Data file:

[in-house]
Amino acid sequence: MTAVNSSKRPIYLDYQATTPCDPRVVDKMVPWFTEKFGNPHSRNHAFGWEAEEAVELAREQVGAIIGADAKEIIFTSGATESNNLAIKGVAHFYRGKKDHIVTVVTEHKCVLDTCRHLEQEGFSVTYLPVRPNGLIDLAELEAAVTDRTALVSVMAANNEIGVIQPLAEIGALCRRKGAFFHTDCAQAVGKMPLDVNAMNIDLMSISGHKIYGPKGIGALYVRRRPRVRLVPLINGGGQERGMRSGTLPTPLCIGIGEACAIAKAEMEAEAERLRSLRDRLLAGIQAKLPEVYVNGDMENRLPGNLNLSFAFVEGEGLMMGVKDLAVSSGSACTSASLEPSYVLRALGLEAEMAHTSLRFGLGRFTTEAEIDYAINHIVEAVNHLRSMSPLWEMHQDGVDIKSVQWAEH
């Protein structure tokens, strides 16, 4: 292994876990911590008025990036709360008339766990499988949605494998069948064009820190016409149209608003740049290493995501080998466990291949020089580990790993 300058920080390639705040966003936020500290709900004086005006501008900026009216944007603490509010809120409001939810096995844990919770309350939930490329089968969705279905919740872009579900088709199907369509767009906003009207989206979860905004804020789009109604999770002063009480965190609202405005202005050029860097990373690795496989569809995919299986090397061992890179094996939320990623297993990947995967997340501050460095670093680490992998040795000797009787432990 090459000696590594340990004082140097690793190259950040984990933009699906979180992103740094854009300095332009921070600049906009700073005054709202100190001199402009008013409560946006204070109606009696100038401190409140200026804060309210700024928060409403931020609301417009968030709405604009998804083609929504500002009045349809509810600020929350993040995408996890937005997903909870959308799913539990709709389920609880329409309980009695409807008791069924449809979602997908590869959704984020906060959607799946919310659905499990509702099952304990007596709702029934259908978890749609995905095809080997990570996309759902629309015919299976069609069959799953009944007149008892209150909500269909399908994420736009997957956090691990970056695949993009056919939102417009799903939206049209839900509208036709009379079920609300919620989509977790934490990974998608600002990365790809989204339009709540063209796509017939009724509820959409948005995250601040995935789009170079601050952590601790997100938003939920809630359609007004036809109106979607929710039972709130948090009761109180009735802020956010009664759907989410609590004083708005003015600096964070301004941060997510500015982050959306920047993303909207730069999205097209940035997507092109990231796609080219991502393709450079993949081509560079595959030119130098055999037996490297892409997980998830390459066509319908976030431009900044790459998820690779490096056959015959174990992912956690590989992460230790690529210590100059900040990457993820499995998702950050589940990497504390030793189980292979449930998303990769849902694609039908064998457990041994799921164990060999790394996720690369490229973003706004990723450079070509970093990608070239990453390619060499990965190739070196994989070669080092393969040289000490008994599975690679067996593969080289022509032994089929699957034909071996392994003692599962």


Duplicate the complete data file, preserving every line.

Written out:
[in-house]
Amino acid sequence: MTAVNSSKRPIYLDYQATTPCDPRVVDKMVPWFTEKFGNPHSRNHAFGWEAEEAVELAREQVGAIIGADAKEIIFTSGATESNNLAIKGVAHFYRGKKDHIVTVVTEHKCVLDTCRHLEQEGFSVTYLPVRPNGLIDLAELEAAVTDRTALVSVMAANNEIGVIQPLAEIGALCRRKGAFFHTDCAQAVGKMPLDVNAMNIDLMSISGHKIYGPKGIGALYVRRRPRVRLVPLINGGGQERGMRSGTLPTPLCIGIGEACAIAKAEMEAEAERLRSLRDRLLAGIQAKLPEVYVNGDMENRLPGNLNLSFAFVEGEGLMMGVKDLAVSSGSACTSASLEPSYVLRALGLEAEMAHTSLRFGLGRFTTEAEIDYAINHIVEAVNHLRSMSPLWEMHQDGVDIKSVQWAEH
């Protein structure tokens, strides 16, 4: 292994876990911590008025990036709360008339766990499988949605494998069948064009820190016409149209608003740049290493995501080998466990291949020089580990790993 300058920080390639705040966003936020500290709900004086005006501008900026009216944007603490509010809120409001939810096995844990919770309350939930490329089968969705279905919740872009579900088709199907369509767009906003009207989206979860905004804020789009109604999770002063009480965190609202405005202005050029860097990373690795496989569809995919299986090397061992890179094996939320990623297993990947995967997340501050460095670093680490992998040795000797009787432990 090459000696590594340990004082140097690793190259950040984990933009699906979180992103740094854009300095332009921070600049906009700073005054709202100190001199402009008013409560946006204070109606009696100038401190409140200026804060309210700024928060409403931020609301417009968030709405604009998804083609929504500002009045349809509810600020929350993040995408996890937005997903909870959308799913539990709709389920609880329409309980009695409807008791069924449809979602997908590869959704984020906060959607799946919310659905499990509702099952304990007596709702029934259908978890749609995905095809080997990570996309759902629309015919299976069609069959799953009944007149008892209150909500269909399908994420736009997957956090691990970056695949993009056919939102417009799903939206049209839900509208036709009379079920609300919620989509977790934490990974998608600002990365790809989204339009709540063209796509017939009724509820959409948005995250601040995935789009170079601050952590601790997100938003939920809630359609007004036809109106979607929710039972709130948090009761109180009735802020956010009664759907989410609590004083708005003015600096964070301004941060997510500015982050959306920047993303909207730069999205097209940035997507092109990231796609080219991502393709450079993949081509560079595959030119130098055999037996490297892409997980998830390459066509319908976030431009900044790459998820690779490096056959015959174990992912956690590989992460230790690529210590100059900040990457993820499995998702950050589940990497504390030793189980292979449930998303990769849902694609039908064998457990041994799921164990060999790394996720690369490229973003706004990723450079070509970093990608070239990453390619060499990965190739070196994989070669080092393969040289000490008994599975690679067996593969080289022509032994089929699957034909071996392994003692599962």